Scottish National Dictionary (1700–)
FOREBREIST, n. Also -briest, -breast; -breisht (Abd.).
1. The front of anything, the forefront (Abd.27 1953).
Sc. 1935 Sc. N. & Q. (Jan.) 5:
Aye at the pleuch tail but never at the forebreisht o' the market.
2. Specif.: (1) the front seat (of the gallery) in a church (n.Sc. 1825 .Jam.; Rxb. 1923 Watson W.-B.; Rs., ne.Sc., Ags., Per. 1953). Often in phr. forebreist o' the laft (Jam.2; Peb. 1953); (2) the front (seat) of a cart (Bnff. 1866 Gregor D. Bnff. 52; Ork., ne.Sc., Ags. 1953).
(1) Abd. 1700 in W. Cramond Church of Aberdour (1896) 42:
Severall young people do possess the forebreast of the common loft in tyme of sermon to the prejudice of others that are old. Abd. 1871 W. Alexander Johnny Gibb xviii.:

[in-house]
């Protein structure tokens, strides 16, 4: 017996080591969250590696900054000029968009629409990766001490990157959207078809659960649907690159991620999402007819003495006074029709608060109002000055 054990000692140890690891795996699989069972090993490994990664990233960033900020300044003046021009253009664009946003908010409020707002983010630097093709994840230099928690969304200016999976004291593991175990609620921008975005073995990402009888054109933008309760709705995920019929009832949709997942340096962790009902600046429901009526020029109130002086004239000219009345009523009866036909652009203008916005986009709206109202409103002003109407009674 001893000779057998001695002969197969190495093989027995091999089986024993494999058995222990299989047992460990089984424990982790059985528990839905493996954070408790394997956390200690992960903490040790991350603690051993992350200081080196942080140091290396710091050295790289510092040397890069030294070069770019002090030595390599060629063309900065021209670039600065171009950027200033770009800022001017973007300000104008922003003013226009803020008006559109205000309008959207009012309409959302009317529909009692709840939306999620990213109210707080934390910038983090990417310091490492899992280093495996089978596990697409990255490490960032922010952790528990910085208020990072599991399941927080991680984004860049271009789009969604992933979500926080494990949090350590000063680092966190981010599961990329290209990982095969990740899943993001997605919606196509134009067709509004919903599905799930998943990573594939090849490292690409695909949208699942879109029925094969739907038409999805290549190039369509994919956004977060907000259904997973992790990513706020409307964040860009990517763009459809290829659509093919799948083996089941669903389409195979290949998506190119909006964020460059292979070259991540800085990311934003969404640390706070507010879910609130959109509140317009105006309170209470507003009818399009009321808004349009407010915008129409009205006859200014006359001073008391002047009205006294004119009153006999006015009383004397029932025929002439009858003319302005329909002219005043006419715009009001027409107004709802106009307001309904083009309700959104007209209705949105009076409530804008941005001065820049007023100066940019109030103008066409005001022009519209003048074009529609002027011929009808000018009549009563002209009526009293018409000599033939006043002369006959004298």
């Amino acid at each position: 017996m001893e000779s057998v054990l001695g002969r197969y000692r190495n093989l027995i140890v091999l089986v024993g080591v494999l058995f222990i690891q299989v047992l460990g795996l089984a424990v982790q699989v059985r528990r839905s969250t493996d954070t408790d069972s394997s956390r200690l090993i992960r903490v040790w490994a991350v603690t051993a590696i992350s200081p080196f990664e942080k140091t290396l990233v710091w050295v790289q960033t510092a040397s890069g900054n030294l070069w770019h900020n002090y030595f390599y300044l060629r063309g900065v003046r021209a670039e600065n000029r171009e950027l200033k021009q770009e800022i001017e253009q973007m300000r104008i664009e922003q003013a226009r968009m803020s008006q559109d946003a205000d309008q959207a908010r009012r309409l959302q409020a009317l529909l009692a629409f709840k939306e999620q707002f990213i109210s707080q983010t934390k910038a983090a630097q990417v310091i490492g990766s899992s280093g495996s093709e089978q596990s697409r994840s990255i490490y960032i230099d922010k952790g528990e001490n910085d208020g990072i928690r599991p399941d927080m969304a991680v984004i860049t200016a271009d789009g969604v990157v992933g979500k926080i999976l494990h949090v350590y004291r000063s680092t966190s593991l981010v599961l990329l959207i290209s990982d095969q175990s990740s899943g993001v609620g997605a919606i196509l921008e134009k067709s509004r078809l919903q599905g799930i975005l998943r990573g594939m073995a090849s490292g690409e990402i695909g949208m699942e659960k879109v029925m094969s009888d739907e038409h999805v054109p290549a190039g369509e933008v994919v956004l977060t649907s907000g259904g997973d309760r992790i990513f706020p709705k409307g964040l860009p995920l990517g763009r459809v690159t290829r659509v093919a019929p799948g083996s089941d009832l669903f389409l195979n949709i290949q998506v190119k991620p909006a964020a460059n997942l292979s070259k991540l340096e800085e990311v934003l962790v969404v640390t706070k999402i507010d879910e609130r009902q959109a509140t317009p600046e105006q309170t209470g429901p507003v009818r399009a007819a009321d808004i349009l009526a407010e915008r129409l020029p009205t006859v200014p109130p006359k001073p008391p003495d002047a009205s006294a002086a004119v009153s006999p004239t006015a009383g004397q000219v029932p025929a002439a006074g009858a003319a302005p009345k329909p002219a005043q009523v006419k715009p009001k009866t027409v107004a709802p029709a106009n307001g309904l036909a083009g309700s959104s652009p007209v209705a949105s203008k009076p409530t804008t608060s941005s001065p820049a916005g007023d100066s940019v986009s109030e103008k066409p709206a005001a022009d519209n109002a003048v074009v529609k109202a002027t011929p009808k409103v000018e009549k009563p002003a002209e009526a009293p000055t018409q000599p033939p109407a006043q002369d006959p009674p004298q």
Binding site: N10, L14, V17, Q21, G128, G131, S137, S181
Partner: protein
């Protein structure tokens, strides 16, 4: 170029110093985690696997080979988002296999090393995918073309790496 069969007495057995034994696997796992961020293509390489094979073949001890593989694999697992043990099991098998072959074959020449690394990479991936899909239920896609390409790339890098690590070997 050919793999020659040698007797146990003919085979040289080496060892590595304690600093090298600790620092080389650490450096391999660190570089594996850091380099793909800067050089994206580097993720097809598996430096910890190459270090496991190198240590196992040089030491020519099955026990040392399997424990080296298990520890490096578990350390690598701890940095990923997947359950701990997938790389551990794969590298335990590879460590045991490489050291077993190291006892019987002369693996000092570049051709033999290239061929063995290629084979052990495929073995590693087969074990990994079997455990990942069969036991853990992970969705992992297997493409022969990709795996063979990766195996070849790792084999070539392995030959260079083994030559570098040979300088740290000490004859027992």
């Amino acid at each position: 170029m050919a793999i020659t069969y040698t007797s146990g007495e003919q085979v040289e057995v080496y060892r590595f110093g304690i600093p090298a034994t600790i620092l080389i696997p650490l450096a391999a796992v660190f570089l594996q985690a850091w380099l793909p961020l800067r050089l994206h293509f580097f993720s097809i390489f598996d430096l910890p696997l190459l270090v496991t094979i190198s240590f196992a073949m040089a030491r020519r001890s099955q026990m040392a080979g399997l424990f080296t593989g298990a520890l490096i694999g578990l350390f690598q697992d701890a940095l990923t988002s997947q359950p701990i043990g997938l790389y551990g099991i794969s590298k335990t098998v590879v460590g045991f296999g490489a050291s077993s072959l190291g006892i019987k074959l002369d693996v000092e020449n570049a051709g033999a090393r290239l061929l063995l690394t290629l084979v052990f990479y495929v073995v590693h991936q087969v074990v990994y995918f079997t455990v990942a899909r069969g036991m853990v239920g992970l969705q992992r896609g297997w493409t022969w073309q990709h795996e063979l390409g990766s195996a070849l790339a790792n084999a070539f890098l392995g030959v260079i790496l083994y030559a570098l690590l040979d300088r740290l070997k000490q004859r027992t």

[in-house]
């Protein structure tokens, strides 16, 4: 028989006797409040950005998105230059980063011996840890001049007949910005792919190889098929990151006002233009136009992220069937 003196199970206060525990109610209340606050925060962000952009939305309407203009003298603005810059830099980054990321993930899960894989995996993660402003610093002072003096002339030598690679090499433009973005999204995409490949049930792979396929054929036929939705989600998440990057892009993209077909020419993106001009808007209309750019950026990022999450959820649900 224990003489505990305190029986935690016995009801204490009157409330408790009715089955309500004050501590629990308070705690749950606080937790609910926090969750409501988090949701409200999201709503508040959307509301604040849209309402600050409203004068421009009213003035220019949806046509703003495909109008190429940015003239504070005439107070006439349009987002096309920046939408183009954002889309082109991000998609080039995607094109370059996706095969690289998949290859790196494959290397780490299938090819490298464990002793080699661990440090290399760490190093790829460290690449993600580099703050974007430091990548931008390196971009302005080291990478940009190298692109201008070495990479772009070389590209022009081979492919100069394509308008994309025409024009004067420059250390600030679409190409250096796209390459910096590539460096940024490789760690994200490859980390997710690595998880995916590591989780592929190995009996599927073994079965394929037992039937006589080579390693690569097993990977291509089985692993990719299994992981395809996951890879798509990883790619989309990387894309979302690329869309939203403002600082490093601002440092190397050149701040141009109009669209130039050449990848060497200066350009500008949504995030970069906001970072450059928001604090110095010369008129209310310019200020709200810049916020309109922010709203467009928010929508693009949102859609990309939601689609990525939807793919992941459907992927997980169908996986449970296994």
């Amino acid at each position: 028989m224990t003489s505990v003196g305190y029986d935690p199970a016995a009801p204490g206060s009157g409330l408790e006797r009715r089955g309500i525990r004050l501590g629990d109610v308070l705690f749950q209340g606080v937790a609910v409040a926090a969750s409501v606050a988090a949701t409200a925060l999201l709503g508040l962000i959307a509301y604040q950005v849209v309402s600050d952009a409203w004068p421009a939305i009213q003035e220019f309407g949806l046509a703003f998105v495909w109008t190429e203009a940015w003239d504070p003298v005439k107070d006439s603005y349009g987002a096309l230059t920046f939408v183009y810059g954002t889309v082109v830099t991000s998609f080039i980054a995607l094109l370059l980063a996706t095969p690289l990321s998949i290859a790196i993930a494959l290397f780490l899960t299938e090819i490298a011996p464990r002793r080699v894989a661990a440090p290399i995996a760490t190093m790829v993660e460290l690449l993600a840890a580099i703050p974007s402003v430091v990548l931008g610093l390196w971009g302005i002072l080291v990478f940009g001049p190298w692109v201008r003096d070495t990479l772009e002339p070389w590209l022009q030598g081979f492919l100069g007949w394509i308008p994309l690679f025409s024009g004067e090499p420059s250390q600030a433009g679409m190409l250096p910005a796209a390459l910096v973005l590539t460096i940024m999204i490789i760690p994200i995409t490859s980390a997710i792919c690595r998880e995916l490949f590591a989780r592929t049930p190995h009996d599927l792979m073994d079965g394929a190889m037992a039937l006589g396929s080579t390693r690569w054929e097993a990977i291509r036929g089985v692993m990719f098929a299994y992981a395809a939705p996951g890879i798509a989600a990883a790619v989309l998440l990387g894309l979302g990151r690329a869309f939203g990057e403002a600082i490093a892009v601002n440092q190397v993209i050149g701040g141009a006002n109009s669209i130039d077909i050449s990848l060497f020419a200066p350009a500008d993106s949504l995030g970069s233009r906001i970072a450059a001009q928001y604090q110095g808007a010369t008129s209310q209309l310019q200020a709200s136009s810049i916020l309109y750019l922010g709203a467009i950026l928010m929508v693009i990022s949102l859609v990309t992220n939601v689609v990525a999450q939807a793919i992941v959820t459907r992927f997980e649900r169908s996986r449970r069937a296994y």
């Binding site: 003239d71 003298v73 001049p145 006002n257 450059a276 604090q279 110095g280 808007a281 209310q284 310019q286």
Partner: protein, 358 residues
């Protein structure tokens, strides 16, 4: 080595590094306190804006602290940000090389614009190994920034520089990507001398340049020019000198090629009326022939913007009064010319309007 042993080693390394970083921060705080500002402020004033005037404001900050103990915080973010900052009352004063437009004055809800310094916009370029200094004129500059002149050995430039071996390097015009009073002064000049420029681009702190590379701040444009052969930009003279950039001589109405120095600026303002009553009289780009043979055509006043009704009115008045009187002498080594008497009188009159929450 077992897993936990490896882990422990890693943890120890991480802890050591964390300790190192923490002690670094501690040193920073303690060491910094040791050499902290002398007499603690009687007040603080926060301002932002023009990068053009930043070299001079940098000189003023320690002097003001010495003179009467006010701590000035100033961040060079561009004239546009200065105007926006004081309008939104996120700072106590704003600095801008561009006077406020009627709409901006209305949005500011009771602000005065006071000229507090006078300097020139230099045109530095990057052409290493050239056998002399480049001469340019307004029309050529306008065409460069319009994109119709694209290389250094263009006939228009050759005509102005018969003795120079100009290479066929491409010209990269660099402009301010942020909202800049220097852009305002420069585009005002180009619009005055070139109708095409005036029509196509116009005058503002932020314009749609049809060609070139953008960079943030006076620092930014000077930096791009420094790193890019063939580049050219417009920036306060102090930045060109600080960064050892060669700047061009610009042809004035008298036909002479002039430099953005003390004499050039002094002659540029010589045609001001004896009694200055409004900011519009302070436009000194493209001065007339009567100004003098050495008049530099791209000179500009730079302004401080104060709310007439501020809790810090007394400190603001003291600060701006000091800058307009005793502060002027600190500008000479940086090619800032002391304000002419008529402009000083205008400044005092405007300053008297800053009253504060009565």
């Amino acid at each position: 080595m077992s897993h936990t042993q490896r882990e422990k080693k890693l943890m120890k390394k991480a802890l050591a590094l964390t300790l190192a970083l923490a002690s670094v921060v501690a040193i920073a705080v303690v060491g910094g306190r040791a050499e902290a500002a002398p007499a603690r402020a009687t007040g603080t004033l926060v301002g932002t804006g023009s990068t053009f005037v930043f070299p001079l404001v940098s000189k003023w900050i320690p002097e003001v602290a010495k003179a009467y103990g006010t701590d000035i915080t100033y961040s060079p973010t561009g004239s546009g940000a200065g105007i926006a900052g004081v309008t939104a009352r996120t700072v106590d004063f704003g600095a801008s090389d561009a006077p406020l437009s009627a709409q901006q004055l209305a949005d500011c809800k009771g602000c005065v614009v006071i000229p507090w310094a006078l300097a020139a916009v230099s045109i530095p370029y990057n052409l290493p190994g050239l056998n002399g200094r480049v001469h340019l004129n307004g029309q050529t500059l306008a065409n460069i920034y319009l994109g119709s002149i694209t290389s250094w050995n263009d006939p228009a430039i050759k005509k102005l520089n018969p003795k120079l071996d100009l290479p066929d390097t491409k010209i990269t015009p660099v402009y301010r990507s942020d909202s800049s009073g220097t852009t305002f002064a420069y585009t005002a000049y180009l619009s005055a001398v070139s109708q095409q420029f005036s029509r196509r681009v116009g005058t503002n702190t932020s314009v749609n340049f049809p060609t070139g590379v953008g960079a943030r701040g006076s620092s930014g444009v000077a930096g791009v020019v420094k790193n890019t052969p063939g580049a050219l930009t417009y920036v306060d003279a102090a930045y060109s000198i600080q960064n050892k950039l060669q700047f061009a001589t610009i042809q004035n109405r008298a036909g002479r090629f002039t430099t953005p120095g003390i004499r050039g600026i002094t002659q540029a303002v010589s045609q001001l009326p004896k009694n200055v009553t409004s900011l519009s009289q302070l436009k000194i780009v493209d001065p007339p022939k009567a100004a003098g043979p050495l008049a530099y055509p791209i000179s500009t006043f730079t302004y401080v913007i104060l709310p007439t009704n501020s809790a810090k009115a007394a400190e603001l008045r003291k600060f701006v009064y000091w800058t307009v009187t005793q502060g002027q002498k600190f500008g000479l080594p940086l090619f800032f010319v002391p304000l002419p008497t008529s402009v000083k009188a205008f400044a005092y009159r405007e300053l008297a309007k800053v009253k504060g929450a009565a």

The heritors' seat i' the forebriest. Edb. 1894 P. H. Hunter J. Inwick 34:
Sittin in his muckle airm-chair in the forebreist o' the sooth laft. Kcb. 1900 “W. Gairdner” Glengoyne I. 79:
The family pew was a “forebreast,” one which would have been his laird's had the laird been resident. Abd. 1950 Huntly Express (29 Sept.):
There wis a raxin' o' necks nae mowse fan we took oor seats i' the forebreist o' the kirk. (2) Abd. 1871 W. Alexander Johnny Gibb i.:
Mounting the “forebreist” himself, started again, fairly under weigh for the Wells. Abd. 1929 J. Alexander Mains and Hilly 190:
Ye see them sittin' on the forebreist o' their cairts smokin' a pipe's tho' they wur men.
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"Forebreist n.". Dictionary of the Scots Language. 2004. Scottish Language Dictionaries Ltd. Accessed 17 Dec 2017 <http://www.dsl.ac.uk/entry/snd/forebreist>
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